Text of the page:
In the NHANES population, we were able to perform a sub-analysis based on information obtained from laboratory measures of thyroid hormone and from medication usage. The results failed to show a significant association between the self-reported diagnoses of glaucoma and thyroid disease, or hypothyroidism diagnosed by laboratory data and prescription information.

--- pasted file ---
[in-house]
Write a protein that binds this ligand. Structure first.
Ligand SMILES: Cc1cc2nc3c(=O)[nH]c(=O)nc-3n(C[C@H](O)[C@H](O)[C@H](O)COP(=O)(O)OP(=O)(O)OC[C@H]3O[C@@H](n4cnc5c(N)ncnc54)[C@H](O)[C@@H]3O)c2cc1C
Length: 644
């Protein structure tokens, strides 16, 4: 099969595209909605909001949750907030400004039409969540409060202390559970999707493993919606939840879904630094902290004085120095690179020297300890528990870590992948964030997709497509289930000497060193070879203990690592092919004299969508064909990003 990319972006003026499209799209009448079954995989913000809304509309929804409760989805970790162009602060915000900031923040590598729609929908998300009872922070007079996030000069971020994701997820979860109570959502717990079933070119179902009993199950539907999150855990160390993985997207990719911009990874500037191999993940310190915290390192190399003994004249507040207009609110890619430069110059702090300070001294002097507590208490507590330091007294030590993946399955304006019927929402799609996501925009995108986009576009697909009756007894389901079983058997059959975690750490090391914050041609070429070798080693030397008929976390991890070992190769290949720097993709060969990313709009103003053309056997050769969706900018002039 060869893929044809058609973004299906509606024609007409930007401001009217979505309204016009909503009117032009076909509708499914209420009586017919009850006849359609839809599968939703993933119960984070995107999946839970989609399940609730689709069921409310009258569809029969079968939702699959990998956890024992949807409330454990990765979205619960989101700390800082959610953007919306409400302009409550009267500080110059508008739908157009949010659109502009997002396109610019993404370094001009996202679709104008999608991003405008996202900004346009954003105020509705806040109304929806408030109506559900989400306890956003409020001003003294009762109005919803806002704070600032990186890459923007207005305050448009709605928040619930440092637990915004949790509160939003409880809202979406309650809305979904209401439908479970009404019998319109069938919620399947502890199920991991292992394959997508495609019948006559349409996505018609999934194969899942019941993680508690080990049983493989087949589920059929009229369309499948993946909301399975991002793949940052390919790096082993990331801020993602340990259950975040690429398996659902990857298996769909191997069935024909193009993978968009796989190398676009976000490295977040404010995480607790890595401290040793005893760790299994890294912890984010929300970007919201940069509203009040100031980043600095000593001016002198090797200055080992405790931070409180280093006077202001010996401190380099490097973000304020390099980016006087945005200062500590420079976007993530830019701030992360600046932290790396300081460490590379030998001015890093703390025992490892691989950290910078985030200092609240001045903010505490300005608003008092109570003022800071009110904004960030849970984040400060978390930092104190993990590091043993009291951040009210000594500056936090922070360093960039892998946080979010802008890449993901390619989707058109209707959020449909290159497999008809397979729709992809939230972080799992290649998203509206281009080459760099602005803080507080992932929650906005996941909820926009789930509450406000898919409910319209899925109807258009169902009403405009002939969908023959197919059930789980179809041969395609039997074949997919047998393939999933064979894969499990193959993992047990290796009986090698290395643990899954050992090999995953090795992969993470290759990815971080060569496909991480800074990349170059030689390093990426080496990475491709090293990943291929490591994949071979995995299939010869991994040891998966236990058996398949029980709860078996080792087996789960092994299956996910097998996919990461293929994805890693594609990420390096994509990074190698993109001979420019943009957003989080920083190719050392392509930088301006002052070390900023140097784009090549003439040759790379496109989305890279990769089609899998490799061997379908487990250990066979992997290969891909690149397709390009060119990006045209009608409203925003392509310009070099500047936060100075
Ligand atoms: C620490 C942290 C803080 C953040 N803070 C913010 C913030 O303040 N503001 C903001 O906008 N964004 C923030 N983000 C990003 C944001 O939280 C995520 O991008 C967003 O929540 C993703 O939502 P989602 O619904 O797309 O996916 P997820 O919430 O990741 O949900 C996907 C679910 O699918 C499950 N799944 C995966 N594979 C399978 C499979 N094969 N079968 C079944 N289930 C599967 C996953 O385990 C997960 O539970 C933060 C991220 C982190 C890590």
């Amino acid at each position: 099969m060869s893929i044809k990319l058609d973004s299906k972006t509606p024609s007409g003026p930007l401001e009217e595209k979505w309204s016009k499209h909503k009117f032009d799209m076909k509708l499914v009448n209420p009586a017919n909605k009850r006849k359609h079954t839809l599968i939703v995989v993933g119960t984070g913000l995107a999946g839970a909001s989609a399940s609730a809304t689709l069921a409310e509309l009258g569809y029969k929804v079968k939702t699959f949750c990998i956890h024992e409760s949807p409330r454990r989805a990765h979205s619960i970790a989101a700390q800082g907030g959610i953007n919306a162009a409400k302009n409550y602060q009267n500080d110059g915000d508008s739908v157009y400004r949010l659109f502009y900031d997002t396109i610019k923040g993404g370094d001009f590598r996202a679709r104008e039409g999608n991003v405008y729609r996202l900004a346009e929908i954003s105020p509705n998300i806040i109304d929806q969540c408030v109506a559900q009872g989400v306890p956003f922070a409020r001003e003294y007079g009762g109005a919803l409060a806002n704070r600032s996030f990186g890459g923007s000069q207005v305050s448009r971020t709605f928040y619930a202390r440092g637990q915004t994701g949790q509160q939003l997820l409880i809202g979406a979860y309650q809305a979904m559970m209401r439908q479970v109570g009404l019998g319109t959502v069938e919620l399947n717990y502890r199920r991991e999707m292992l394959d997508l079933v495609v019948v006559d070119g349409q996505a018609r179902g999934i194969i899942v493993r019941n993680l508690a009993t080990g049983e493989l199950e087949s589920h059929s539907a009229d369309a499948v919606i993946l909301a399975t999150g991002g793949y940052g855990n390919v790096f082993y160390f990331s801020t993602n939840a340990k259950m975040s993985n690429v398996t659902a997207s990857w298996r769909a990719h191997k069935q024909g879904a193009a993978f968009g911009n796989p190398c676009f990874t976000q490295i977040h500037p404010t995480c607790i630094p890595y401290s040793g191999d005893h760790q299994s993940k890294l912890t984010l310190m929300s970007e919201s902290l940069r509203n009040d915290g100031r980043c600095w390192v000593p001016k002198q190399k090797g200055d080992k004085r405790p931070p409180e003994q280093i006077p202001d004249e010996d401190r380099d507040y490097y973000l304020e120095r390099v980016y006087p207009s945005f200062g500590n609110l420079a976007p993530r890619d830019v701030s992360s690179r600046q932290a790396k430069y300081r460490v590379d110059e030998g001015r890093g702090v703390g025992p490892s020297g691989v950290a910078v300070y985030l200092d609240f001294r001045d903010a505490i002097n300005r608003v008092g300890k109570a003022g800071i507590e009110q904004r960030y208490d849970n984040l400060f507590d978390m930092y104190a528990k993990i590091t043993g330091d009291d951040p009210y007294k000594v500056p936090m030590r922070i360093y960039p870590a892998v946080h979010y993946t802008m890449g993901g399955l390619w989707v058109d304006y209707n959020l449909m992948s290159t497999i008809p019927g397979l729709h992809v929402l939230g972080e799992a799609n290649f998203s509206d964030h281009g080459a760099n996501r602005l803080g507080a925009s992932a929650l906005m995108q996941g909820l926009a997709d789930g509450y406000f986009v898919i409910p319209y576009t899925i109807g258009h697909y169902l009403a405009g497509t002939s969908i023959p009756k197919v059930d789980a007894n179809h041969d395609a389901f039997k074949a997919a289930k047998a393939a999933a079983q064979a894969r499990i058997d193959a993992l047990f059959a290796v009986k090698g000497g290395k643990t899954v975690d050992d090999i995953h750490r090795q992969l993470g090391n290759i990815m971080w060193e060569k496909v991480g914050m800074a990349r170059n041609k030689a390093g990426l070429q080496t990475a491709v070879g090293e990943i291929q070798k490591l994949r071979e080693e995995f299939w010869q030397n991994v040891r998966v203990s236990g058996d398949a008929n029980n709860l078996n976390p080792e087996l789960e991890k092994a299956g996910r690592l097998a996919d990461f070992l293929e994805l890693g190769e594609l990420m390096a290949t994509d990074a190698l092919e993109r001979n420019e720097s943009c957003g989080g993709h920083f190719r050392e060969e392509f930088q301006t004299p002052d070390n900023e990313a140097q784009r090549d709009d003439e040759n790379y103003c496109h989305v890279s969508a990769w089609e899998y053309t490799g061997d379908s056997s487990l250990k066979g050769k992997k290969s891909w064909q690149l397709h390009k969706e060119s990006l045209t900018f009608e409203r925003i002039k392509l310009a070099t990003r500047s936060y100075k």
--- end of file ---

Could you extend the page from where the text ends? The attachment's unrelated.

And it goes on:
As the underlying hypothesis for the increased risk of having glaucoma among hypothyroidism patients is increased IOP due to low metabolism caused by the hypothyroid state, several studies have looked at whether or not taking thyroid hormone replacement is beneficial in reducing the risk of developing glaucoma. For example, the BMES  reported that levothyroxine use is a risk factor for the development of OAG while, in contrast, Lin et al. reported that taking levothyroxine seemed to possibly be protective against the disease although the latter group’s finding was not statistically significant.